Stormchasers: The Hurricane Hunters and Their Fateful Flight into Hurricane Janet
By David Toomey
July 1, 2002
"Using the 1955 disappearance of a navy weather plane inside a hurricane as his reference point, Toomey roams about the presatellite history of research into the tempests. Knowledge about hurricanes was so rudimentary that determining their cyclonic structure was considered progress. From that discovery in the mid-1800s to the mid-1900s, advances in knowledge and forecasting were modest. By interspersing the history of hurricane research with the preparations of the ill-fated navy crew, Toomey effectively points out how insufficient understanding of meteorological conditions impelled weather planes to fly in such dangerous conditions. Besides the informative technical coverage about hurricane behavior, the twin-engine Neptune plane, and its weather instrumentation, Toomey delivers an understated narrative that ennobles crew members. He doesn't inflate basic information that's known about them, and alludes to their awareness of the perils in their assignment. Toomey's dramatization of scenarios of what might have happened to the crew--a ditching in the storm's eye or midair wing failure--will keep readers rapt."
David Toomey charts hurricane hunters' perilous work
By CHRIS KRIDLER
DAVID Toomey's Stormchasers focuses on the history of "hurricane hunters" who fly planes into hurricanes and the disaster that befell one crew.
Refreshingly, it's a riveting story that, unlike a lot of popular nonfiction, doesn't get too creative with the facts.
That said, Toomey is imaginative and compelling in his re-creation of the hurricane reconnaissance flight into Hurricane Janet in September 1955 that took the lives of nine crewmen and two journalists. He extrapolates from the known facts but doesn't take the exercise too far. The known facts are interesting enough.
In addition, he frames his tale of the flight with an exploration of the scientific theories and technological breakthroughs that have helped mold weather forecasting. The book is as much scientific chronicle as tragic adventure tale, and both stories are rich with anecdotes and lucid explanations.
The first deliberate flight into a hurricane was the result of a bet, Toomey writes, and meteorologists soon recognized the value of such excursions.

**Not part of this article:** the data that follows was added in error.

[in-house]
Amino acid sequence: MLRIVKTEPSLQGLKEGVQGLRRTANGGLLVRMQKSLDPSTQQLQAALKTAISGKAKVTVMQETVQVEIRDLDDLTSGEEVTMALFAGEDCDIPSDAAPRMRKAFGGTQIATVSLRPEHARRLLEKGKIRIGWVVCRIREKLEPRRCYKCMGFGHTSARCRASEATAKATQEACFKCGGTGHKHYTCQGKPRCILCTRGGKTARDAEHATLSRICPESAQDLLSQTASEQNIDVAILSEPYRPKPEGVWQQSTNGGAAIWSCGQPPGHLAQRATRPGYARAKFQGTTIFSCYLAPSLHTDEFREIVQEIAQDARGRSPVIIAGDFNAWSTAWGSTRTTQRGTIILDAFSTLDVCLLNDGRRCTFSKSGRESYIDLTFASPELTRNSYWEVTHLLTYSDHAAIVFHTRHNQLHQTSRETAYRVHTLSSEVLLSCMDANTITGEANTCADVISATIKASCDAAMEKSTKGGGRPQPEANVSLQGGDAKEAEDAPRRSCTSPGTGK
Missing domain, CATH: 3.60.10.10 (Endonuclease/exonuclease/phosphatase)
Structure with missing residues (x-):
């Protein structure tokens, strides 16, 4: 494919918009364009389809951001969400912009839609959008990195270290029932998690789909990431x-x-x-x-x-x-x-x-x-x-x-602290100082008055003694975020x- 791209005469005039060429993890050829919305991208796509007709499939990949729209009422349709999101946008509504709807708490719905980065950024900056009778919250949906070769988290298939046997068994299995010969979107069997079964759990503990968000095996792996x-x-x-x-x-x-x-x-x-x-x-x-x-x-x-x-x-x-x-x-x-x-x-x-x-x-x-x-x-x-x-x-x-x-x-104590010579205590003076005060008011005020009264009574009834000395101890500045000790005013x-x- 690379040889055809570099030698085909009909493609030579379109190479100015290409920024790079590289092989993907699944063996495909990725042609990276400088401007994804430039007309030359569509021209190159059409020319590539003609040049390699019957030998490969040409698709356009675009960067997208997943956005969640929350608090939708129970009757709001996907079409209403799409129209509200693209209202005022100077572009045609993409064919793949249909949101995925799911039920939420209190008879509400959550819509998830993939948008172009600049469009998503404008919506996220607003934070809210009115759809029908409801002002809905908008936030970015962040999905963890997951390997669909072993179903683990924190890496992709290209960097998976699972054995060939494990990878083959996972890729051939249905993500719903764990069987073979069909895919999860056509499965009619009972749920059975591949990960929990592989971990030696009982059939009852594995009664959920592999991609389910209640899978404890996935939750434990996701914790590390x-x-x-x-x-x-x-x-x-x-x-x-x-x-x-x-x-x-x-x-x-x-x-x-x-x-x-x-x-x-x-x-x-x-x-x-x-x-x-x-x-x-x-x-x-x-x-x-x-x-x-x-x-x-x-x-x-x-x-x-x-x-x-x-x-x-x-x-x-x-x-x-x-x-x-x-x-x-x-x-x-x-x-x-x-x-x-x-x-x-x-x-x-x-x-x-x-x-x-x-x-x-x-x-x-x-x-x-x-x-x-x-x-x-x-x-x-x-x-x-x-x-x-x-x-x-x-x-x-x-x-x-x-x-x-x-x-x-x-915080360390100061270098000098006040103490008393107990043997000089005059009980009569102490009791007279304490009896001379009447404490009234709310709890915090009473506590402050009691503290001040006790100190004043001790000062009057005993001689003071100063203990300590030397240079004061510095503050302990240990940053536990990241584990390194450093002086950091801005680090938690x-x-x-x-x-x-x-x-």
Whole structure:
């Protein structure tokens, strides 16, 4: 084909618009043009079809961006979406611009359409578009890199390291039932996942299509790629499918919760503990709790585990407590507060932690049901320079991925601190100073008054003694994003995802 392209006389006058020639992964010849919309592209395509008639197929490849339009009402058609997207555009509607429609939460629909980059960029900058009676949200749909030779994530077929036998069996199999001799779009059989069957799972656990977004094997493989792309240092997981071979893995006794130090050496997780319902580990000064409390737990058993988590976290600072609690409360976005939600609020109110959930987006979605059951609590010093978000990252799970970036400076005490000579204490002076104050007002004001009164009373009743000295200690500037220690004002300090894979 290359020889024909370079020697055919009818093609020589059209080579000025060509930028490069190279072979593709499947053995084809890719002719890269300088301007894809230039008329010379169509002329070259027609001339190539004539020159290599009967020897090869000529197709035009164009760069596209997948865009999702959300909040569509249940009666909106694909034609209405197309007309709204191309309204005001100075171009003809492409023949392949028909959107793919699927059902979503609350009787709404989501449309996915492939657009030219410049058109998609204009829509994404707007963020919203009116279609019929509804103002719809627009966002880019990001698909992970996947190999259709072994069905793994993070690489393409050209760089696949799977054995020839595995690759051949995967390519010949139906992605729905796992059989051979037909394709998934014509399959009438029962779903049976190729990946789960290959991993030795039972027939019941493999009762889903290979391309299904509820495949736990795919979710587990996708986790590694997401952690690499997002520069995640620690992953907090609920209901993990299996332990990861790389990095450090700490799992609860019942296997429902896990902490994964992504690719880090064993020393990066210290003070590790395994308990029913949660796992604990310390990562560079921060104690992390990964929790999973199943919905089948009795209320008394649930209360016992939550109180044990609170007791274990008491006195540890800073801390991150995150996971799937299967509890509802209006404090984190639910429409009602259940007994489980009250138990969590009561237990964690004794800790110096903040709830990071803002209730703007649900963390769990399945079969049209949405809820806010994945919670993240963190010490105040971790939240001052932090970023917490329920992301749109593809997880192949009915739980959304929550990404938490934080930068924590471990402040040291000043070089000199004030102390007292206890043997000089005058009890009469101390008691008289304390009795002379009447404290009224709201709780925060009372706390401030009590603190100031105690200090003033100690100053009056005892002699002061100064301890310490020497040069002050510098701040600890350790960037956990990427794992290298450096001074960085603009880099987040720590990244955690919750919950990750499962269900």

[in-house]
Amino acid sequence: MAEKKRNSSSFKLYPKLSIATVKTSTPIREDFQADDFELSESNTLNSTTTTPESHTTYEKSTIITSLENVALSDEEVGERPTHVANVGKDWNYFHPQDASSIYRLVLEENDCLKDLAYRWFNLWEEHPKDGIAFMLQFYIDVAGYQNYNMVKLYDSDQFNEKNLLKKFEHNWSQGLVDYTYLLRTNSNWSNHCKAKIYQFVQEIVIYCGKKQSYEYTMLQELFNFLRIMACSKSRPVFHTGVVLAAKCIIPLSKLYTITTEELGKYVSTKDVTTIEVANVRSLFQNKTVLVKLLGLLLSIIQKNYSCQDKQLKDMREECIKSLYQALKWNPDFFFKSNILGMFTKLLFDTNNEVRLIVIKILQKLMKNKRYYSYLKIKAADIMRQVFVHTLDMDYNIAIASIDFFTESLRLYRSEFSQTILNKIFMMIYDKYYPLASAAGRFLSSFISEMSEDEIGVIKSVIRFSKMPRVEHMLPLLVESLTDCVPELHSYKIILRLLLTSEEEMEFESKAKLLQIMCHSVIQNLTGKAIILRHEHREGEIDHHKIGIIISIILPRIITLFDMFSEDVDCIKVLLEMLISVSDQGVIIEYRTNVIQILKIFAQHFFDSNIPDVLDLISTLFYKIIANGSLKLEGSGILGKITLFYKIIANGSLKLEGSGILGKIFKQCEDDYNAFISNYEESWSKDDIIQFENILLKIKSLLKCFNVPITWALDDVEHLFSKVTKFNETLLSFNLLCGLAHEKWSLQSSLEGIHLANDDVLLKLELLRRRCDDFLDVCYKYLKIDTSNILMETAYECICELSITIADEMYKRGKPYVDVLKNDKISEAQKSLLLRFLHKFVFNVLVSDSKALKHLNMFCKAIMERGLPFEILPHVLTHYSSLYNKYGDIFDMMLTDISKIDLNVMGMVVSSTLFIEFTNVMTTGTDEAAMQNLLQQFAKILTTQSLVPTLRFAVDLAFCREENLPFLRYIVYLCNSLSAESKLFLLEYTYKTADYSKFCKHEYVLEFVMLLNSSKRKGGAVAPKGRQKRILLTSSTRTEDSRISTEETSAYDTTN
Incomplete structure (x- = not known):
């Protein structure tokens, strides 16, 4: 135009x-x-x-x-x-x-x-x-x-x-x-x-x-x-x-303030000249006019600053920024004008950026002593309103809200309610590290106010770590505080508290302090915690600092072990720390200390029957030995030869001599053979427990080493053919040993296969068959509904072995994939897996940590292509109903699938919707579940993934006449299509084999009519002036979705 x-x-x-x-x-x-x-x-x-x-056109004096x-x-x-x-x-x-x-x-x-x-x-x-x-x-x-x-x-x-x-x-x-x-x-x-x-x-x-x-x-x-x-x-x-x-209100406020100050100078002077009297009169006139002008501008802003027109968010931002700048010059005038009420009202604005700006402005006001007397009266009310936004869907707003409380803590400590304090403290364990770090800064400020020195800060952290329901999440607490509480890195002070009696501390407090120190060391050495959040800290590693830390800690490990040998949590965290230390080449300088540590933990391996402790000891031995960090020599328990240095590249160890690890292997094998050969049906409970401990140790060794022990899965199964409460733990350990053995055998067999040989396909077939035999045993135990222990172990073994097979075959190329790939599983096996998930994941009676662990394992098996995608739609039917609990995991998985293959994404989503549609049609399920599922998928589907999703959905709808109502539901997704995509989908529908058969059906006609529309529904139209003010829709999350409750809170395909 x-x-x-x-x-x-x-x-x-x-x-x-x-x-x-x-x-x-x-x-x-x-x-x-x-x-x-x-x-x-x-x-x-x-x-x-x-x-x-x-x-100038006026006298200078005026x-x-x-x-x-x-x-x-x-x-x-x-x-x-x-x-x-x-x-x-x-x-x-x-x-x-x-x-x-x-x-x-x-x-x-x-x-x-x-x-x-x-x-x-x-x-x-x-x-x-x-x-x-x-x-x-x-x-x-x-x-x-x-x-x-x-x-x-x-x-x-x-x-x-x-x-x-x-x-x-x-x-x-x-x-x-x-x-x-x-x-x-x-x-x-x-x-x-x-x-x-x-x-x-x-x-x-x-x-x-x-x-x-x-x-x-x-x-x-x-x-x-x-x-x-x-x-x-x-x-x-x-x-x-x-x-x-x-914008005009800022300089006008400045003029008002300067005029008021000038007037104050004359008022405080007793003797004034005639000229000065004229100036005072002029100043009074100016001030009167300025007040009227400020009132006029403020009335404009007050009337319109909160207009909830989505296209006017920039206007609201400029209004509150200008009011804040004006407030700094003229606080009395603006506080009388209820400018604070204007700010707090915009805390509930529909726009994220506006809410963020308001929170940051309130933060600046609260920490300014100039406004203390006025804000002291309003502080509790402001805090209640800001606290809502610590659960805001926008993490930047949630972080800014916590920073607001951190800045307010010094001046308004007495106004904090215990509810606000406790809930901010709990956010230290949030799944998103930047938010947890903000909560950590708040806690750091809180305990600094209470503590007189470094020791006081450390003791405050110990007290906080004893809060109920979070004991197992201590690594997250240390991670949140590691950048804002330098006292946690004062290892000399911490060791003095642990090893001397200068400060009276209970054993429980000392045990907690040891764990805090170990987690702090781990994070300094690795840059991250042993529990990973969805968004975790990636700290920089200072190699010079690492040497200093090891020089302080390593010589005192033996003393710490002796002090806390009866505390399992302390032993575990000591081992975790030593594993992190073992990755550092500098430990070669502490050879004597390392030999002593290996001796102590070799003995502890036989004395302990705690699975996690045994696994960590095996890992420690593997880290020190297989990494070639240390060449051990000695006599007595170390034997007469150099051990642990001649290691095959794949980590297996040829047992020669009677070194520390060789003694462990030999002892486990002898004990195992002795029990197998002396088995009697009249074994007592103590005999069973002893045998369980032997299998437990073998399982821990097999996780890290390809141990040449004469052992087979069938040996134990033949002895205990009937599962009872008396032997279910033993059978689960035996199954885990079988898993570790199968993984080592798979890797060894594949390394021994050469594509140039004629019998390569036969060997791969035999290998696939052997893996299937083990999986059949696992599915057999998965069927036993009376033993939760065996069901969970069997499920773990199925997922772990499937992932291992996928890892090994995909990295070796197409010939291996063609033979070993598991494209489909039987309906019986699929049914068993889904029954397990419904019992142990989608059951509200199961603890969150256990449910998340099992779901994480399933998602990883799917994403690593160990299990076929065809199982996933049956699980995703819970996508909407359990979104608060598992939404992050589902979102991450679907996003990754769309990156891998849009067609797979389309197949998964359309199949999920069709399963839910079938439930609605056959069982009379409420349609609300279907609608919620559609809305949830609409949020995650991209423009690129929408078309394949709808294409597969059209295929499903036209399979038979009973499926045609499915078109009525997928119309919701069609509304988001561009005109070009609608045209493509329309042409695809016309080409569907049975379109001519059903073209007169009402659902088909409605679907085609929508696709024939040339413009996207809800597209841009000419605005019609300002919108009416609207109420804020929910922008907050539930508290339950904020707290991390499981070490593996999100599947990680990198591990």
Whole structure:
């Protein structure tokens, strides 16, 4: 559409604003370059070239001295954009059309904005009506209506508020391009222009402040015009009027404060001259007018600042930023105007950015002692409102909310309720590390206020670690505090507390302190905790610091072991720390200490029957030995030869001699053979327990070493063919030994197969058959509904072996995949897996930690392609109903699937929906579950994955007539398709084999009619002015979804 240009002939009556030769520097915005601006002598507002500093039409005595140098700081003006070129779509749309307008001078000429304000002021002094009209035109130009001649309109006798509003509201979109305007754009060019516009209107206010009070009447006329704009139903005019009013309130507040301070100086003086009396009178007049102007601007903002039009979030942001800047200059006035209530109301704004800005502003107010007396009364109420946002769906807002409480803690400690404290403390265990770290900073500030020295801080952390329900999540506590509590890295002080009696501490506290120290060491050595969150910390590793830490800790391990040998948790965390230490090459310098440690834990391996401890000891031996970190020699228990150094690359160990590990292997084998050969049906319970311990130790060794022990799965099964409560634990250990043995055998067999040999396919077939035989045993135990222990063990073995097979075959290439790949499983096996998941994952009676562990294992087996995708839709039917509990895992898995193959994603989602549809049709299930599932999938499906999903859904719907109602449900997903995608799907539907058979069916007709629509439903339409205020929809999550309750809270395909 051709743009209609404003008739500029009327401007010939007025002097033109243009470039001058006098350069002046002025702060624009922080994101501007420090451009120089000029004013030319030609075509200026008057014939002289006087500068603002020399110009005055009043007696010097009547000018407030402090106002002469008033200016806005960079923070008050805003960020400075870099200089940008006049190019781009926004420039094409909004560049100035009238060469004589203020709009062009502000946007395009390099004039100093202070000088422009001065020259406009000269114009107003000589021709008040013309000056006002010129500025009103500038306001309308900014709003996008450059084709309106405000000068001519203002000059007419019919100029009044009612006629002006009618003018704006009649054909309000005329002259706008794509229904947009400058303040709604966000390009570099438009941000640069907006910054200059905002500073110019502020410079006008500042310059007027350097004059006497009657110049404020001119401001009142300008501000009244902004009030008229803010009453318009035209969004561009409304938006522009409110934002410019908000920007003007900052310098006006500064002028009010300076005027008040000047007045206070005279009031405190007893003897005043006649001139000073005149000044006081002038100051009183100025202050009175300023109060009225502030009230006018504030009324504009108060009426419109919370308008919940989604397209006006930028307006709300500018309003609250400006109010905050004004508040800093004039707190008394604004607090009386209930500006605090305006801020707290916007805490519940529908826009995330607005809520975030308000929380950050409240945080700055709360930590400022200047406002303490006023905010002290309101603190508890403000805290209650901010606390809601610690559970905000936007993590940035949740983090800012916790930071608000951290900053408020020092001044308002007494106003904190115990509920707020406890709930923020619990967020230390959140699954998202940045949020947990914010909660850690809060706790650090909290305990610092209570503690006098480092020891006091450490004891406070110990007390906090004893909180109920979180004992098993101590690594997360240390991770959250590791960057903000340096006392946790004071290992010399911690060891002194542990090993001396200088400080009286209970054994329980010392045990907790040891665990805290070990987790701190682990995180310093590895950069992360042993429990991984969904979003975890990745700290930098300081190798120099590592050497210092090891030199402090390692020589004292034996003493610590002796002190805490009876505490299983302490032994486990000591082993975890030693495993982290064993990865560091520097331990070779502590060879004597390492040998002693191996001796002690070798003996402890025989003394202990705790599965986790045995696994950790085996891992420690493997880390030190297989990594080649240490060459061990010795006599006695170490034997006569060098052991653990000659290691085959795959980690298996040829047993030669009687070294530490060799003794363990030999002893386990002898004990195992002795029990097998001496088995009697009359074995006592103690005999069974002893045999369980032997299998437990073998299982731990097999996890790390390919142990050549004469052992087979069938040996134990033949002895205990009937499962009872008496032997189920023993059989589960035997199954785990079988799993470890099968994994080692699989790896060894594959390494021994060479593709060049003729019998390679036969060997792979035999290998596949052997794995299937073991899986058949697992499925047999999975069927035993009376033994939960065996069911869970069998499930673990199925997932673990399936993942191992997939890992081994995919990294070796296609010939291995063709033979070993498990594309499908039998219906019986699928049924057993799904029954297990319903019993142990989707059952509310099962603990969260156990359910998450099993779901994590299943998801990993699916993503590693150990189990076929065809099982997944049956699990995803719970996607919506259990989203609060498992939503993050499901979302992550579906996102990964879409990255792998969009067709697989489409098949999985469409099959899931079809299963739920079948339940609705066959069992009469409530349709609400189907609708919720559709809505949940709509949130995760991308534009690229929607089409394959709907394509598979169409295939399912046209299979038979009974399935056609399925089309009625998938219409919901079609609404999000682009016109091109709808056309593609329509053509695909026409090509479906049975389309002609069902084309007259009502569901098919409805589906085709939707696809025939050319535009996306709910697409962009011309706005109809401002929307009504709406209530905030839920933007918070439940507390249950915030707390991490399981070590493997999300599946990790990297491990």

Today, the hurricane hunters who fly into tropical weather systems belong to the Air Force Reserve's 53rd Weather Reconnaissance Squadron. Despite the existence of satellite images, their readings still are invaluable to forecasters.
When such flights began in the 1940s under the auspices of what was then the Weather Bureau, the Navy and Air Force both sent planes into the massive storms. And the planes didn't have any of the satellite navigation or computers that today's planes do.
Instead, crews had to rely on early radar, visuals -- including a scope that helped them judge their drift by which way the whitecaps far below them were blowing -- and instruments whose readings could be distorted by the low atmospheric pressure in the storm.
The flight on which Toomey focuses carried an experienced Navy crew. It was the only flight ever lost in Atlantic hurricane missions, but despite the planes' overall safety record, the book shows that the frequent flights were anything but routine. The hazards were, and are, almost innumerable, and even successful flights are a heck of a ride.
Because the fliers' final radio transmission didn't reveal the details of their ultimate fate, Toomey speculates using likely scenarios, including the possibility the men ditched the aircraft.
His brief history of aircraft-ditching, with its chilling anecdotes, is one of the fascinating gems embedded in this book. Other pertinent detours include stories of devastating naval encounters with hurricanes and an account of some of the first computers to tackle forecasting.
Toomey doesn't write of the storm chasers to whom the term is commonly applied -- the people who drive after land-based storms. He writes of the first men for whom highly perilous encounters with the largest storms on earth were just a job, a job they did with understated courage.
Chris Kridler is a columnist for Florida Today. She wrote this for the Baltimore Sun.